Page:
Clients often tell us that pulling together a brief for a designer can be quite stressful – but from our experience there really isn’t any need for it to be. You don’t always have to do a lot of preparation, and it certainly doesn’t always need to be a written brief. Here are our 10 tips to help you get the most out of the briefing process.
1. Try not to make your mind up before you start
You will probably have a fairly clear idea of what you want before you brief the designer – but there can be a lot to be said for getting a good designer’s view on the problem you are trying to solve. Try to keep your brief as open as possible in terms of the exact form the finished result will take, and to be as clear as possible about what you want to achieve with the item you are producing.
For example, we often get briefed on A4 brochures because they are practical and easy to file – but if you want your product to stand out, making a brochure a bigger size that can’t easily be ‘filed away’’, or a smaller size that can easily be kept to hand may have much greater impact.
Give yourself the freedom to simply tell the designer what you want to get out of the project, and more importantly what you want your audience to get out of it. Let them suggest ways to achieve those goals – that’s how you will get the best from them, and it’s what you’re paying them for.
2. Be honest about what you DO want to see
Having said that, if there are specifics you don’t want to compromise on – tell the designer now. For example, if your new brochure has to be A4 to fit with other items in a folder – tell them now. If you really like blue and want to use it in your new logo – just say so. It’s your money so don’t be shy – and that way the designers know where they do have room manoeuver.
Think of it like planning a journey – tell the designer where you want to go and any points you want to go through along the way – and then let them plan the rest of your route accordingly.
3. Make the brief a conversation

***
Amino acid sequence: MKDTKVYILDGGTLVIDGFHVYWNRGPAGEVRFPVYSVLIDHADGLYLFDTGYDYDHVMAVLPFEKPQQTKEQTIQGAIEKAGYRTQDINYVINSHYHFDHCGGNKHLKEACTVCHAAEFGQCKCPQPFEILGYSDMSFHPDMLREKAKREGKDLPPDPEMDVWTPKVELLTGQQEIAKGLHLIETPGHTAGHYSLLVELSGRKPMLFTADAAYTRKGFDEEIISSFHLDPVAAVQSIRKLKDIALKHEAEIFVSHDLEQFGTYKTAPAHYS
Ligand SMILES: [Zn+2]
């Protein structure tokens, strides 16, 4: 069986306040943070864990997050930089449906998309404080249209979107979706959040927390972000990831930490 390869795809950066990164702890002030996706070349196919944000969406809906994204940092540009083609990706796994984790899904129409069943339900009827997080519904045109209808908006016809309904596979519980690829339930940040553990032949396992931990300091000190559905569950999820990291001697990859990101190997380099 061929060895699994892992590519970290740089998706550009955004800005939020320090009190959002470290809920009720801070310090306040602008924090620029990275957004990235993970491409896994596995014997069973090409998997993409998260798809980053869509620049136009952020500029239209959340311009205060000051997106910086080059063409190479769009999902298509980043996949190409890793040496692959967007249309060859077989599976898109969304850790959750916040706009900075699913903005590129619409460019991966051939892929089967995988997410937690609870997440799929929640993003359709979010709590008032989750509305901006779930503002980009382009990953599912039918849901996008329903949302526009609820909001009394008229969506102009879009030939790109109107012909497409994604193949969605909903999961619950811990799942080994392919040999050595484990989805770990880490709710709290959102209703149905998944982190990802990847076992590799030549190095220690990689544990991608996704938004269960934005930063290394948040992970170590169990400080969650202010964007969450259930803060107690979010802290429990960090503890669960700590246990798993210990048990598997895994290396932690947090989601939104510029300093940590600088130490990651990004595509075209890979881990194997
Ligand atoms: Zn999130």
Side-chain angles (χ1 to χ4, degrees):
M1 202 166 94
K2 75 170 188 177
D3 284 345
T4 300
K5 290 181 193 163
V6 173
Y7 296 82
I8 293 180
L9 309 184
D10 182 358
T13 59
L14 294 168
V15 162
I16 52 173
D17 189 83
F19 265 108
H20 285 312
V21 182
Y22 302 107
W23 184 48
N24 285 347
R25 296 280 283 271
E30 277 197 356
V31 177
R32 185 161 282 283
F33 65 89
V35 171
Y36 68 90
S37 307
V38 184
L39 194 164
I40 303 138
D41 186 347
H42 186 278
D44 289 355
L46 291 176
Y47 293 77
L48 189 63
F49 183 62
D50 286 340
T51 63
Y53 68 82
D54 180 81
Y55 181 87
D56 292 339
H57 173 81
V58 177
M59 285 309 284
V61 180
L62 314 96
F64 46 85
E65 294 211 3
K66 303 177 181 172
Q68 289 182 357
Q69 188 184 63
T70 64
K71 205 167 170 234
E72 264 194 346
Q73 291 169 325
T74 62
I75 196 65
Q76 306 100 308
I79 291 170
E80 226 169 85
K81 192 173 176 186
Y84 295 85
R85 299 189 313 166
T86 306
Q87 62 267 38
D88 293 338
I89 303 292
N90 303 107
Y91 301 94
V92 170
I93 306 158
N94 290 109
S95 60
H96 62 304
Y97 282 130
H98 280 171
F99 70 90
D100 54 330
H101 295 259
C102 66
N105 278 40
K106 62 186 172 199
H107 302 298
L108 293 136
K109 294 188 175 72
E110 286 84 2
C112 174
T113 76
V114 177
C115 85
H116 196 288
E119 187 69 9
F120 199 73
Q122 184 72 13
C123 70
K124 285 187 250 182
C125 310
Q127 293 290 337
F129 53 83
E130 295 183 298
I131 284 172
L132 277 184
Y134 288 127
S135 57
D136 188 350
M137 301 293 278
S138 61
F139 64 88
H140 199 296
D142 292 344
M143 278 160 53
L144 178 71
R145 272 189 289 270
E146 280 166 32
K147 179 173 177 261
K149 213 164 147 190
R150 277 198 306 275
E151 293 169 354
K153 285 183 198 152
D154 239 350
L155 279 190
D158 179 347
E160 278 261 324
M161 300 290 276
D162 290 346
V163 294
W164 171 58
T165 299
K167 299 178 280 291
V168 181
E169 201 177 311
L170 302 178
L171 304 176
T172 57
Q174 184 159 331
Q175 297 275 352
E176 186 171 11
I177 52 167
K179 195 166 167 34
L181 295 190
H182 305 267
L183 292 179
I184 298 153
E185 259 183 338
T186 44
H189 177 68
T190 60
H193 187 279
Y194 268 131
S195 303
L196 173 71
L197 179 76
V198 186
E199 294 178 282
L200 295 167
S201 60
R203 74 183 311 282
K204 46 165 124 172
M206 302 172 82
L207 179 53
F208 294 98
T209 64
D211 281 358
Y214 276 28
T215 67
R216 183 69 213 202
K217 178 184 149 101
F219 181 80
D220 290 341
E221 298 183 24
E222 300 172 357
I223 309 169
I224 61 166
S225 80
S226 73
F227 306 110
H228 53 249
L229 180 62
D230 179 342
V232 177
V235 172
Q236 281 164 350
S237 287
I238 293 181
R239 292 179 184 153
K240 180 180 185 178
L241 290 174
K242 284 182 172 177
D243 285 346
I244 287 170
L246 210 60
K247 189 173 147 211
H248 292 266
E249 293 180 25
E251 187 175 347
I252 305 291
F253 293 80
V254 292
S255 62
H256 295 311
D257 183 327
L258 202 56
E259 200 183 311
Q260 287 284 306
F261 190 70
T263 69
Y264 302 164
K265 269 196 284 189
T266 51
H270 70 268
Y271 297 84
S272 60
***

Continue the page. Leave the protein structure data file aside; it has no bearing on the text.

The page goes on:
If you think of the brief as a statement it will make the whole process harder for you – try making it a conversation. You shouldn’t have to think of everything in advance – let the designer ask questions and they should be able to help pull the right information out of you.
4. Prepare the basics
Having said all that, there are certain basics that the designer will need from you – and if you have these to hand you will probably be more comfortable in the briefing. If you don’t have the information to hand – you can always give the designer a number and a contact to call. They should always be happy to speak to publications, printers, ISPs etc on your behalf – but bear in mind some designers will charge for this.
You can use our briefing checklist to help you plan for some specific items
5. Involve all the right people
If you aren’t the only decision maker in the process, think about involving the key people at the briefing stage. They might well think of things you haven’t, or be able to answer questions you can’t – but in any event they can be useful to bounce ideas off.
6. Don’t feel you can’t say you don’t know
If you don’t know or aren’t sure, tell the designer. These are the areas where the designer can help you find the answers – and often the areas the designer will most enjoy – so don’t feel you’ve failed when you say ‘I don’t know’.
7. Trust your designer
If you’re paying a designer to look at a project for you, be open to their ideas and consider what they say. Remember you are paying to get someone to help you see the wood for the trees – so they probably will suggest ideas that you haven’t thought of. Listen to them with an open mind and try to see why they are suggesting the ideas – it might not be what you were expecting, but it could be a better solution.
8. Trust yourself
Listen to the designer with an open mind – but don’t assume they ‘must know better’. If you listen to their ideas and you still aren’t convinced – make sure you really aren’t just dismissing them because they are new and different – but remember the final decision has to be yours. If you think it’s wrong – don’t do it.
9. Be honest about deadlines
A designer should be asking you about deadlines and planning accordingly – but it’s best to plan to discuss it yourself. Be honest about the deadline – both with yourself and the designer. It can be frustrating for designers if you say you need it much earlier than you really do – and it can make the whole process more expensive for you, or even compromise the result.
But equally, you might not want to give the designer the absolute final deadline up-front. If it helps you to build in a few days ‘comfort zone’ then do it – it might save you a lot of stress, and you can always change it if it causes problems. Just keep it sensible, and if there really is no comfort zone at all, and the deadline is an absolute – tell the designer that straight away – they may well assume you’ve allowed some room for manouever.
10. Be clear about budgets
Equally with budgets – be honest about what you want to spend, but by all means build in a contingency. A good designer will show you what you can do with the budget – but they will usually also have ideas of how you could achieve more by spending more. Often these are good ideas you will want to pursue – so you don’t want to stop them, but if the budget is absolutely all there is, tell the designer right away and save everyone getting excited about something they can’t have!Back to the Blog